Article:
A couple appointments: Because students are so closely monitored, it normally takes 3 appointments until patients begin treatment. Also many schools suffer from faculty shortages. Appointments that take 1 hour at a regular dentist office could take 3 hours because the student is waiting for a professor to check their work. Bring a book or something because you might be alone in the chair while the student is waiting for a professor. Sometimes schools even offer evening clinic sessions which offer greater flexibility for patients.
Slow, perfectionist students: Hey, we are learning here. Students practice on manikins, plastic teeth, and each other before they are let loose on real human beings. When practicing, good clinical results, not speed, are graded. Students are competent at performing the procedures – we are just slow.
No assistants: Normally students are working solo. So you may be asked to help make the process go faster. Maybe write some numbers or hold the suction in your own mouth.
Think it over. If you don’t mind spending some extra time at the school you can get a great bang for your buck.
Image courtesy of completosinmallo
Here is a list of all Dental Schools in the country courtesy of wikipedia (thanks Kelly in comments)
University of Alabama School of Dentistry, Birmingham, Alabama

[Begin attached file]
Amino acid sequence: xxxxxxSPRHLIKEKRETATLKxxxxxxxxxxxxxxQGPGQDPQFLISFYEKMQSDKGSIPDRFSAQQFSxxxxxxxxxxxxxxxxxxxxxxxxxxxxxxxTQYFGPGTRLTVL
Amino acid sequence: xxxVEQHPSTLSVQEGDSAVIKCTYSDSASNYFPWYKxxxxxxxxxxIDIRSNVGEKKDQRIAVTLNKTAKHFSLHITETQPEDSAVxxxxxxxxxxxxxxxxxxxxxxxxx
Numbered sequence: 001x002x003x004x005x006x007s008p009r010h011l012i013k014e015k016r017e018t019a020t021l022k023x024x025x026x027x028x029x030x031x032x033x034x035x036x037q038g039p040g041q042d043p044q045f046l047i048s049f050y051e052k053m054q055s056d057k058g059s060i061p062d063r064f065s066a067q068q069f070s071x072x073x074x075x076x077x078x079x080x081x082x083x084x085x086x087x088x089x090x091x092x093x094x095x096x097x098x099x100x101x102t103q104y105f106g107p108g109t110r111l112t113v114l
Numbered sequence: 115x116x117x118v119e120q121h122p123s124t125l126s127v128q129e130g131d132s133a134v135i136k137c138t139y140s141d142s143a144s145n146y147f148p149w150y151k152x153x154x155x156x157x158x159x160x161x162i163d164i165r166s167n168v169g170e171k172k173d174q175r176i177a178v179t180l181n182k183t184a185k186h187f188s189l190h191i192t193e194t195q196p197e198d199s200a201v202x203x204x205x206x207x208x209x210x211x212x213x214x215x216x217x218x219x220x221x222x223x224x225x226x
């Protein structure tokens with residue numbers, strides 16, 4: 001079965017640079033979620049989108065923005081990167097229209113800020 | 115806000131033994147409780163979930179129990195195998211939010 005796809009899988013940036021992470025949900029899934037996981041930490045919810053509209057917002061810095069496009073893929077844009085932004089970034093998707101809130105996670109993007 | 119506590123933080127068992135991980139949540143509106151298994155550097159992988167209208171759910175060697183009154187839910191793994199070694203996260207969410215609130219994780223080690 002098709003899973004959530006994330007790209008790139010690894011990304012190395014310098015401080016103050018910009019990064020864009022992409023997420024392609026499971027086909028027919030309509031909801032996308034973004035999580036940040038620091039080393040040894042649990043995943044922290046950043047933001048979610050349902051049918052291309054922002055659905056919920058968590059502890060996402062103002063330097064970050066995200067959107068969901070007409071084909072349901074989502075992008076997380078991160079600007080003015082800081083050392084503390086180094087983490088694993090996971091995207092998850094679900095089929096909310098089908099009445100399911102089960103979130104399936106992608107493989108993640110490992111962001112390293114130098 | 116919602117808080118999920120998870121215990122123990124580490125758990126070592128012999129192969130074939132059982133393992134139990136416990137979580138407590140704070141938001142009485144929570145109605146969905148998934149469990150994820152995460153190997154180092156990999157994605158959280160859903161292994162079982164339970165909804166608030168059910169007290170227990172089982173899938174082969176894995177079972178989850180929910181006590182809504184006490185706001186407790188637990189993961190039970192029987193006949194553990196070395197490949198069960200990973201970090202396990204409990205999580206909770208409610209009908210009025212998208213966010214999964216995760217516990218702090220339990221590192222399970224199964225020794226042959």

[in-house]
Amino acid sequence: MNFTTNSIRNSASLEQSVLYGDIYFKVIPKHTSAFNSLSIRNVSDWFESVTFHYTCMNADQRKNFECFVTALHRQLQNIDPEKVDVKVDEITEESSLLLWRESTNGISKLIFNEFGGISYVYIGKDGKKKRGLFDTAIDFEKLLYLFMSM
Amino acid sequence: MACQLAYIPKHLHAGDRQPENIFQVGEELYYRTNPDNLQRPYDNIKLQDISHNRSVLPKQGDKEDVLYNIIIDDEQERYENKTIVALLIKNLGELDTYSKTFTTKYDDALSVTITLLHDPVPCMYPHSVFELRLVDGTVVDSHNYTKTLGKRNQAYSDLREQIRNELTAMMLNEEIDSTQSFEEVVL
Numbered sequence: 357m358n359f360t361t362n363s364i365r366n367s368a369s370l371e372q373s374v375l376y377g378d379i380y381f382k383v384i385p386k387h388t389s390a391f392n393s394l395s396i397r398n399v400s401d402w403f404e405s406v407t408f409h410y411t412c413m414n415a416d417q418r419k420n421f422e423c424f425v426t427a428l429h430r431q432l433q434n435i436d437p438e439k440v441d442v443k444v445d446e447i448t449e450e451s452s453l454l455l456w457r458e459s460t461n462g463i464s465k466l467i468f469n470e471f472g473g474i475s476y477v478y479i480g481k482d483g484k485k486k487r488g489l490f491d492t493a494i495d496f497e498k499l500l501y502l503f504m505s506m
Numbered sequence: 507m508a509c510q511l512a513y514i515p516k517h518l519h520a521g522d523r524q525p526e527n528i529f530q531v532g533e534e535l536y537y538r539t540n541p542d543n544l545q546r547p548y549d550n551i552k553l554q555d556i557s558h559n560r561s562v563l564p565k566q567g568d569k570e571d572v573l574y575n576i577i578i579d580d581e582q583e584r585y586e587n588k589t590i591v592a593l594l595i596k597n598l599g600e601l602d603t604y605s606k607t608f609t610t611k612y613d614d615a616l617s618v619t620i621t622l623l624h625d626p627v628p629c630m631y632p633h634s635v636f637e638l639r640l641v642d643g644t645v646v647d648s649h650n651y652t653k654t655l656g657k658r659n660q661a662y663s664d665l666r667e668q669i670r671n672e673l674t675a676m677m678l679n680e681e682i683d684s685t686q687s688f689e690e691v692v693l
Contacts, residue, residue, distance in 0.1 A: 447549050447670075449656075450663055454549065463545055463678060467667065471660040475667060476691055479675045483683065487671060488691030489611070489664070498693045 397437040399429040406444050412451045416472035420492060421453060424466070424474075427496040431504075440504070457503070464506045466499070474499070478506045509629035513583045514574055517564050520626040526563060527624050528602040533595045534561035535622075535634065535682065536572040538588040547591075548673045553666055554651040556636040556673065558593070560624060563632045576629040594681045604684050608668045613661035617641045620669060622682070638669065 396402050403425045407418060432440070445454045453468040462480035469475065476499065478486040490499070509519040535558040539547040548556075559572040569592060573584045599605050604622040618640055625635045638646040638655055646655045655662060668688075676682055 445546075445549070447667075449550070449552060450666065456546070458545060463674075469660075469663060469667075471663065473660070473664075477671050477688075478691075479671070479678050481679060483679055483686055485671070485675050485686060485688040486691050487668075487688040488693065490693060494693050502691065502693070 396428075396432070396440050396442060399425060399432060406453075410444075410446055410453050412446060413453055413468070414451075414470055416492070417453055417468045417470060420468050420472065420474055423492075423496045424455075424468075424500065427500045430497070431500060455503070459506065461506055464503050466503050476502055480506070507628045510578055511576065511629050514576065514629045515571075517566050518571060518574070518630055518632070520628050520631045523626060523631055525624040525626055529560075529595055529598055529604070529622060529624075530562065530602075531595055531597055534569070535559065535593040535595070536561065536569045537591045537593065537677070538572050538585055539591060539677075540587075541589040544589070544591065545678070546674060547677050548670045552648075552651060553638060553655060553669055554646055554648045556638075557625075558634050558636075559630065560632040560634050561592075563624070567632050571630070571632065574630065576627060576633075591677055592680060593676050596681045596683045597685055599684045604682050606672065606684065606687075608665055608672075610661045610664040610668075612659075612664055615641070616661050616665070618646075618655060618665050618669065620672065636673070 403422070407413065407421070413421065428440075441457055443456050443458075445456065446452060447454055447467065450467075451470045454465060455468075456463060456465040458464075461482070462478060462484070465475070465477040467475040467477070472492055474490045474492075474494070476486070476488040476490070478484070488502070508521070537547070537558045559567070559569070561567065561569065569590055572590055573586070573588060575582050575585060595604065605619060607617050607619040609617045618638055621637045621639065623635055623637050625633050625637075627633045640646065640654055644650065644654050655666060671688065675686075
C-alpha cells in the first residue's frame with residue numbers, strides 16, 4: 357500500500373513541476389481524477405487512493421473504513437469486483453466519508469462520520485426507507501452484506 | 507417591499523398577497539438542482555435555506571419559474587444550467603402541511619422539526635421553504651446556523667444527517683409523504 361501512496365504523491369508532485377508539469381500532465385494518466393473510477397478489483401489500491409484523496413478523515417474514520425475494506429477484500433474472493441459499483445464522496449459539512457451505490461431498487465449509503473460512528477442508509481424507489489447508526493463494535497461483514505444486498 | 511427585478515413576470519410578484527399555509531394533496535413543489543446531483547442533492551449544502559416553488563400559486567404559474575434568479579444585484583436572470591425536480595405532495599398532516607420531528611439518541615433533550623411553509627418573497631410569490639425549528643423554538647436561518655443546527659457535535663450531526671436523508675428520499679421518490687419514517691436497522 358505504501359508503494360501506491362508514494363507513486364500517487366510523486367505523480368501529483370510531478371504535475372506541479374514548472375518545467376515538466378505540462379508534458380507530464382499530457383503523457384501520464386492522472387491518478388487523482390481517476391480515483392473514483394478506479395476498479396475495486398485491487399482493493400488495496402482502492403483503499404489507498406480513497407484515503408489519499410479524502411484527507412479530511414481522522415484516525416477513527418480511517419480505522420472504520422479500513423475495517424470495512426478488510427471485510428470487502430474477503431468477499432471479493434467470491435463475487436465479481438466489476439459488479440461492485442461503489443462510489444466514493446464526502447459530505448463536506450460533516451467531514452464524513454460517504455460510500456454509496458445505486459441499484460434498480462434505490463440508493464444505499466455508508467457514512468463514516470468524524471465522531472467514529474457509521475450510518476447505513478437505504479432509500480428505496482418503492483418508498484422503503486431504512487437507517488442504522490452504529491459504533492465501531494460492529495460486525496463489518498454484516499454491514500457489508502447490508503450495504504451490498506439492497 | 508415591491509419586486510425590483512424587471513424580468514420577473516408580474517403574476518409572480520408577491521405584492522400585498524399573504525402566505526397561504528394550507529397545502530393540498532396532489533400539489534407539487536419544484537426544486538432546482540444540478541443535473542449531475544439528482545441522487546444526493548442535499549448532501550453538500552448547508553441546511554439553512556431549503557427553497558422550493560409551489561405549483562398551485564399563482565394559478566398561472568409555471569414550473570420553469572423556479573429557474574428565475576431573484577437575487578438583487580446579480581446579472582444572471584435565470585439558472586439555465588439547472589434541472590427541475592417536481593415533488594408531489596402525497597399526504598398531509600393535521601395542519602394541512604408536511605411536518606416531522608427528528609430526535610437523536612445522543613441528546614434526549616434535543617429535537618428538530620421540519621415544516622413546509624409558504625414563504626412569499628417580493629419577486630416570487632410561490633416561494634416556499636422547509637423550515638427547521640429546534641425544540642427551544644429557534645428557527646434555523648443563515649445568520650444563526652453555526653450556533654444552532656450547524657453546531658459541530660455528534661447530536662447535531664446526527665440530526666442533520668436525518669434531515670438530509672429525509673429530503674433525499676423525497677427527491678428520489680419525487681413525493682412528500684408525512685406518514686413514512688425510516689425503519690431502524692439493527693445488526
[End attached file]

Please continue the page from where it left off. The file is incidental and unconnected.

Arizona School of Dentistry and Oral Health
Mid-Western University school of dentistry (fall 2007)
Loma Linda University School of Dentistry, Loma Linda, California
UCLA School of Dentistry, Los Angeles
University of California at San Francisco School of Dentistry
Arthur A. Dugoni School of Dentistry, University of the Pacific, San Francisco, Calif.
University of Southern California USC School of Dentistry, Los Angeles, California
University of Colorado Denver School of Dental Medicine, Aurora, Colorado
University of Connecticut Health Center School of Dental Medicine, Farmington, Connecticut
District of Columbia / Washington, D.C.
Howard University College of Dentistry
Nova Southeastern University College of Dental Medicine, Ft. Lauderdale
University of Florida College of Dentistry, Gainesville, Florida
Medical College of Georgia School of Dentistry, Augusta, Georgia
University of Illinois at Chicago College of Dentistry, Chicago, Illinois
Southern Illinois University School of Dental Medicine, Carbondale, Illinois
Indiana University School of Dentistry, Indianapolis, Indiana
University of Iowa College of Dentistry, Iowa City, Iowa
University of Kentucky College of Dentistry, Lexington, Kentucky